A May study issued by the Electric Reliability Council of Texas (ERCOT) foresees shrinking reserve margins and possible power shortages within the decade as Texas demand continues to grow – while a June 1 consultant’s report considers ways to increase generation investment.
“To ensure future electric reliability in the ERCOT region, we need to take immediate steps to address this issue — on both the supply side and the demand side of the resource adequacy equation,” said ERCOT CEO Trip Doggett in a news release.
Meanwhile, consultants at the Brattle Group released a report June 1 analyzing resource adequacy concerns and identifying options for better aligning market design and reliability objectives in the ERCOT market.
To inform ERCOT and the Public Utility Commission of Texas’ (PUCT) ongoing efforts to maintain resource adequacy, the Brattle study: (1) characterizes the factors influencing generation investment decisions; (2) evaluates the market outlook for supporting investment and resource adequacy at the target level; and (3) lays out options to enhance long-term resource adequacy while maintaining market efficiency in ERCOT.
ERCOT’s energy-only market worked well for years to support efficient operations and attract sufficient generation investment to maintain resource adequacy, but new investment is now impeded by low wholesale power prices due to low natural gas prices and an efficient existing generation fleet, Brattle said in a news release.
The Brattle analysis also shows that reliability targets could be achieved with a “significant increase in price-responsive demand that helps prevent load shedding but without eliminating high prices.” However, it would likely take several years before a sufficient level of demand response could be achieved.
The report discusses the advantages and disadvantages of four options for attracting greater investment should policymakers demand a higher reserve margin than the current energy-only market can be expected to deliver.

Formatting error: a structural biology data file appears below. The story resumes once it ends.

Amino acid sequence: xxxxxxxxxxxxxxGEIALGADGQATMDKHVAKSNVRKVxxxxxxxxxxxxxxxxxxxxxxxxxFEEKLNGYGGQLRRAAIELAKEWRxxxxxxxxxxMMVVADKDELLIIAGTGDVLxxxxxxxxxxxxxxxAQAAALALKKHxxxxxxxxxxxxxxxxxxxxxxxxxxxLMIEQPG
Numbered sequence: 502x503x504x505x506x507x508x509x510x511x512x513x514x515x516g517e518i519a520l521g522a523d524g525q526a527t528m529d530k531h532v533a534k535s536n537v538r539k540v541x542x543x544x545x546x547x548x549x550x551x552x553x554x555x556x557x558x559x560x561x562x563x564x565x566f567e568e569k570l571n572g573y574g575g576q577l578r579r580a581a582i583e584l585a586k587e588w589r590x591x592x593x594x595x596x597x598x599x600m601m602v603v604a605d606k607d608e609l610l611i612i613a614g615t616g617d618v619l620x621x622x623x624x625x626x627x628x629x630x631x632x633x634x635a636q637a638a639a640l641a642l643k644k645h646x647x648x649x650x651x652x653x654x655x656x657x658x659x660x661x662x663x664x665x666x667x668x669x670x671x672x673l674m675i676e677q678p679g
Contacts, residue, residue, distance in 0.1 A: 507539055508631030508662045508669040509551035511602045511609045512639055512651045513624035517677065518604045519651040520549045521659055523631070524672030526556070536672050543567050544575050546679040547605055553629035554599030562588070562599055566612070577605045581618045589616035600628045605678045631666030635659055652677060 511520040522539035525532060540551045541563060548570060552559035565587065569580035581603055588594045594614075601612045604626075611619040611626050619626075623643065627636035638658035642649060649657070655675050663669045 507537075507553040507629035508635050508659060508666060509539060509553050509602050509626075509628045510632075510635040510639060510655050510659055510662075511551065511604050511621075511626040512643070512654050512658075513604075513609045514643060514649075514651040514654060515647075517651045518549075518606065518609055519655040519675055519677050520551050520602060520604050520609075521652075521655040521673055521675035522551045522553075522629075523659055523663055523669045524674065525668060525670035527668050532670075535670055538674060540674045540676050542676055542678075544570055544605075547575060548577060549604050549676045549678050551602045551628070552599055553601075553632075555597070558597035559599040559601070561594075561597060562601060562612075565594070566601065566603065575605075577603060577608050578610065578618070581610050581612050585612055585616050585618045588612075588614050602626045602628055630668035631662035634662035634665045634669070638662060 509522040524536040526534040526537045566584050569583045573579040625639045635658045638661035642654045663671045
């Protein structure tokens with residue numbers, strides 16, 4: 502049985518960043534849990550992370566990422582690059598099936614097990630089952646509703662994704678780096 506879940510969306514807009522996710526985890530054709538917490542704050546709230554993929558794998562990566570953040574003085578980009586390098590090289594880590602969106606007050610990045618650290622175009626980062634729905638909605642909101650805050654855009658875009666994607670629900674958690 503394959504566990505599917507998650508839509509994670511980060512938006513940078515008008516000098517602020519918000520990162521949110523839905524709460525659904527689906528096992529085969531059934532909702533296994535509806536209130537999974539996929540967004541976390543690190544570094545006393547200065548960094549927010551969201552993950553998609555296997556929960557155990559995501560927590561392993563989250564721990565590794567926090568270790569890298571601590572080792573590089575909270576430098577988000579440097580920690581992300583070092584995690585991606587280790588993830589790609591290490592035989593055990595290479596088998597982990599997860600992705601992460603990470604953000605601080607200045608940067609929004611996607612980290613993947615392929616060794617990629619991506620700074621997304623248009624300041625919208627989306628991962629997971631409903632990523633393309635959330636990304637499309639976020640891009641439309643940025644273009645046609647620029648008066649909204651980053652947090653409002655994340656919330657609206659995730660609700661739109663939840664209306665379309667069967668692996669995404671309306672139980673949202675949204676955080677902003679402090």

The authors also recommend various market design enhancements to better enable demand-side resources to participate in efficient price formation, as well as other measures to achieve efficient pricing during both scarcity and non-scarcity conditions. They recommend increasing the offer cap to $9,000/MWh or a similar level corresponding to the value of lost load when shedding load, though scarcity prices should start at a much lower level, such as $500/MWh, when first depleting responsive reserves, according to the Brattle report.
Scarcity prices would increase gradually as the severity of the event worsens, reaching $9,000 only when actually shedding load. Sam Newell, the lead author of the report and a principal of The Brattle Group, commented, “This would be more reflective of system costs and will help demand response participate in efficient price formation, which will ultimately support a more stable investment environment and system reliability.”
“Texans shouldn’t take the bait, this is worst possible time to put an extra burden on our families’ wallets,” said Cyrus Reed, Conservation Director of the Lone Star Chapter of the Sierra Club. “Instead of using our money to build more coal and gas plants, the PUC should implement their rules proposed to raise energy efficiency goals, goals which will reduce the demand for electricity and decrease our electric bills. It’s also time they start investing in the future of the Texas economy and approve rules that would require at least 500 MWs (about 400,000 homes worth) of renewable energy from resources other than wind be installed by 2015,” Reed said.
ERCOT’s May report focused on shrinking reserve margins
The newly revised capacity, demand and reserves (CDR) report shows a reserve margin of only 9.8% as soon as 2014. That is well below ERCOT’s 13.75% target for generation capacity that exceeds the forecast peak demand on the grid. The 2014 outlook includes slightly more than 75,000 MW of power to serve anticipated peak demand of 68,403 MW.
By 2015, projected reserves drop to 6.9% with 76,623 MW of resources available to serve peak demand of 71,692 MW, according to the CDR report made public May 22.
The report provides a 10-year outlook based on anticipated peak demand, existing and planned generation capacity, and other long-term factors. Peak electric use in the ERCOT region is driven by high temperatures and economic conditions. The mid- and long-term peak demand forecast is based on a 15-year average weather profile combined with economic factors such as per capita income, population, gross domestic product and various employment measures.
Available generation will continue to grow despite CPS Energy‘s publicly announced decision to deactivate the two coal‐fired J. T. Deely units (845 MW) by 2018, the report noted.